Five lesson design tips to help your learners find their Happy Place
(...with some help from Dr.Seuss)
We’ve all been there, that unhappy place at the pointy end of some badly designed learning material. You know the place – it’s grim and grey and jammed full of text-laden powerpoint slides, complicated jargon, and at least one terrifying pie graph with microscopic labeling. It’s a place that’s confusing, generic, and entirely unengaging for you as a learner. In the words of Dr. Seuss, “You will come to a place where the streets are not marked. Some windows are lighted. But mostly they're darked.”
And dark these places are. The challenge can be even greater when you’re creating online lessons for students to use away from the classroom. But that’s where thoughtful lesson design helps: it switches on the floodlights, clears the way, and points your students in the right direction by putting them at the center of the learning experience, whether a teacher is in the room with them or not.
Tip 1: Keep it simple!
Tip 2: Break up the text
- Use your learning outcomes to help guide you in dividing up / chunking your text.
- Keep sentences and paragraphs short and simple.
- Highlight the focal points using headings, text formatting, color, and contrast.
- Intentionally leave blank space on your lesson pages – it can be a powerful design tool to give important concepts some buffer space to call attention to their importance.
- Make use of lists, bullet points, and tables to present information:
Tip 3: Make it visual
Did you know the old saying, “A picture is worth a thousand words,” is backed by neuroscience? Research suggests that we remember more of what we see than what we read.
- Use icons as virtual “signposts” for extra information. You can use these in multiple lessons to add cohesiveness.
- Turn information into graphs or infographics for your lessons – you could even turn this into an assessment for students. This works especially well for conveying relationships or showing steps in a process:
Here’s another example of a complementary visual element:
Need help? These are some of our favorite free resources to help you create or add public domain or Creative Commons media to your lessons:
- Piktochart – Easy-to-use infographic maker.
- The Stocks – Comprehensive search for royalty free photos, icons, videos, color palates, fonts, etc.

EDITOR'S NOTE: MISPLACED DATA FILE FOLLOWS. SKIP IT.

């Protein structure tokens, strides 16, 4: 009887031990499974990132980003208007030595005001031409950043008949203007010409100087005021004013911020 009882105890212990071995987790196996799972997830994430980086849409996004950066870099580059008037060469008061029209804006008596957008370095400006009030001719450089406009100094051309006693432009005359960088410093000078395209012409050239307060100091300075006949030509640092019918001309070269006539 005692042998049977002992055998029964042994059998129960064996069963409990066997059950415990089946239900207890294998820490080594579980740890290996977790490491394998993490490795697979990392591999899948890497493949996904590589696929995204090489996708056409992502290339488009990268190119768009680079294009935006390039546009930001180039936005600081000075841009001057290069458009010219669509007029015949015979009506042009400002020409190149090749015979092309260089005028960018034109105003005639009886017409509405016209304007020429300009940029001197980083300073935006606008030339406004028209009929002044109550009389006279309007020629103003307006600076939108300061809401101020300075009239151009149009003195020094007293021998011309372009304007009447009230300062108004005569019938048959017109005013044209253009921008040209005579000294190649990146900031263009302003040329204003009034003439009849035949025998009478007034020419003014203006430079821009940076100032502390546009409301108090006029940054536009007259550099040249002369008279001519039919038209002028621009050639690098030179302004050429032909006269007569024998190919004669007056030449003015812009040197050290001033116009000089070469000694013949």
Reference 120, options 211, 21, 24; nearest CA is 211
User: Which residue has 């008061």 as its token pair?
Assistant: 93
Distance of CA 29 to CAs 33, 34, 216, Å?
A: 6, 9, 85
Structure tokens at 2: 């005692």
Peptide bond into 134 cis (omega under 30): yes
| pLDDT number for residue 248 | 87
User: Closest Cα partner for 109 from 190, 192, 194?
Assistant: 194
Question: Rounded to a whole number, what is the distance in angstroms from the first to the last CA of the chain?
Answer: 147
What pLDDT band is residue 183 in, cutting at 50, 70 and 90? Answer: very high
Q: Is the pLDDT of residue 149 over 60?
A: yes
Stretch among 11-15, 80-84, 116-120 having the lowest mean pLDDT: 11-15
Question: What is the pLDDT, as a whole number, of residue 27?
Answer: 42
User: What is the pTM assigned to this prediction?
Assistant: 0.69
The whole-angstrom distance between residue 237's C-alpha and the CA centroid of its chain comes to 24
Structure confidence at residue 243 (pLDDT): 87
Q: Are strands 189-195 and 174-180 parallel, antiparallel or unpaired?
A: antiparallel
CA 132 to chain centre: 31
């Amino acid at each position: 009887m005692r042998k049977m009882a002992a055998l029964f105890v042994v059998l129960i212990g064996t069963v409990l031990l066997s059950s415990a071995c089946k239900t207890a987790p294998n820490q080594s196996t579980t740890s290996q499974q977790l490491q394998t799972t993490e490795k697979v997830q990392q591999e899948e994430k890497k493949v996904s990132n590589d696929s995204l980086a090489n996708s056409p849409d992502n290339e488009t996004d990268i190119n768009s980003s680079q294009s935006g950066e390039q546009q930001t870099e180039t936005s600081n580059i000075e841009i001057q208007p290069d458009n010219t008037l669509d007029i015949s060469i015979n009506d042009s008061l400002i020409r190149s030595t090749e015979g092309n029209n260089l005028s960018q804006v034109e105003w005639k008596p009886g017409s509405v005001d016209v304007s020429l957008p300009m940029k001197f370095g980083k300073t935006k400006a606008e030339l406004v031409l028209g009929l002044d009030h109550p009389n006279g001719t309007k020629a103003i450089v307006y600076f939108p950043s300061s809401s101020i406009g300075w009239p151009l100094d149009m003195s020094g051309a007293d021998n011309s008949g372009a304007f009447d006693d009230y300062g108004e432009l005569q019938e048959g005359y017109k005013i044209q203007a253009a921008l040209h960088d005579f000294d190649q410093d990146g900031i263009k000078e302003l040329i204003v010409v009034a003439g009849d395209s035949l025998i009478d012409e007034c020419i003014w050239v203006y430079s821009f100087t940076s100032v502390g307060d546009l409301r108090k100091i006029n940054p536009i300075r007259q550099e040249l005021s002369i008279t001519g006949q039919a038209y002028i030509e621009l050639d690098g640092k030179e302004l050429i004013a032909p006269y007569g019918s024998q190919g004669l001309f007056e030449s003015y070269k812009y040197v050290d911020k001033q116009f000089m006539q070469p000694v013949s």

- Creative Commons Search – Search engine for CC licensed media.
- Loom – Easy-to-use screen capture software.
- Public Health Image Library – CDC’s collection of health-related images.
- National Institute of Health – Images from the history of medicine.
- Servier Medical Art – Wide range of medical illustrations.
Tip 4: Ask questions
Adding practice and feedback to lessons is the most effective way to enhance the retention and recall of new material [3,4,5]. It also enables students to check their understanding and self-monitor for misconceptions early on in the learning process.
Test it out:
- Distribute formative questions with feedback throughout lessons, not just at the end. (By making questions formative, the emphasis is placed on learning rather than earning or losing points.)
- Mix up question types: categorizing, matching, ordering, and labeling exercises, MCQs, completing tables, free recall, etc. Variety in quizzing strengthens the ability to recall information down the road.
- Are there still big blocks of text in your lessons? Try turning text into interactive questions! Students can order steps in a process, match terms and definitions, correct false statements into true statements, categorize by function, characteristic, etc.
- Ask questions and create activities that check knowledge about the most important aspects of the instruction. Use your learning objectives to guide you!
Tip 5: Connect & reflect
Ask students to draw out new questions, connections, and conclusions through reflective activities. Actions like summarizing information into words or diagrams help students organize new information into preexisting schema, aiding the conversion of long-term memory [3,4].
Some reflective ideas:
- Teach a new concept to friends or family members.
- Brainstorm analogies that link new topics to well-known ones.
- Create a mind map or other visual or auditory representation that highlights the main points and connections between concepts.
- Ask students how they would respond in a series of scenario-based questions.
- Design a research project or critique a research paper.
- Brainstorm what questions they still have about the subject, to encourage curiosity and further self-directed learning.
Ultimately, even simple tweaks to how you display information will have a big impact on students' attitude toward and engagement with course materials.
These design elements are a way to shift from instructor-led lessons to ones where the student is the center of the design and learning experience. If you can spend a small amount of time and effort on lesson design it can greatly enhance student motivation and increase time on task – turning them into the brainy, footsy, mountain-moving achievers they are destined to be.
The only question now is...will you succeed?
Yes! You will, indeed!
(98 and ¾ percent guaranteed) 
 Seuss, Dr. (1990). Oh, the places you'll go! New York: Random House.
 Medina, J. (2014). Brain rules: 12 principles for surviving and thriving at work, home and school. Seattle: Pear press.
 Brown, P. C., Roediger, H. L., & McDaniel, M. A. (2014). Make it stick: the science of successful learning. Cambridge, MA: The Belknap Press of Harvard University Press.
 Malamud, C. (2016, Oct 6). Strategies For Effective Online Instruction: A Conversation with Michelle D Miller. The eLearning Coach Podcast. [Audio podcast] Retrieved from http://theelearningcoach.com/podcasts/36/
 Larsen, D. P, Butler, A.C., and Roediger, H. L. (2008). Test-enhanced learning in medical education. Medical Education. 42: 959–966. doi:10.1111/j.1365-2923.2008.03124.x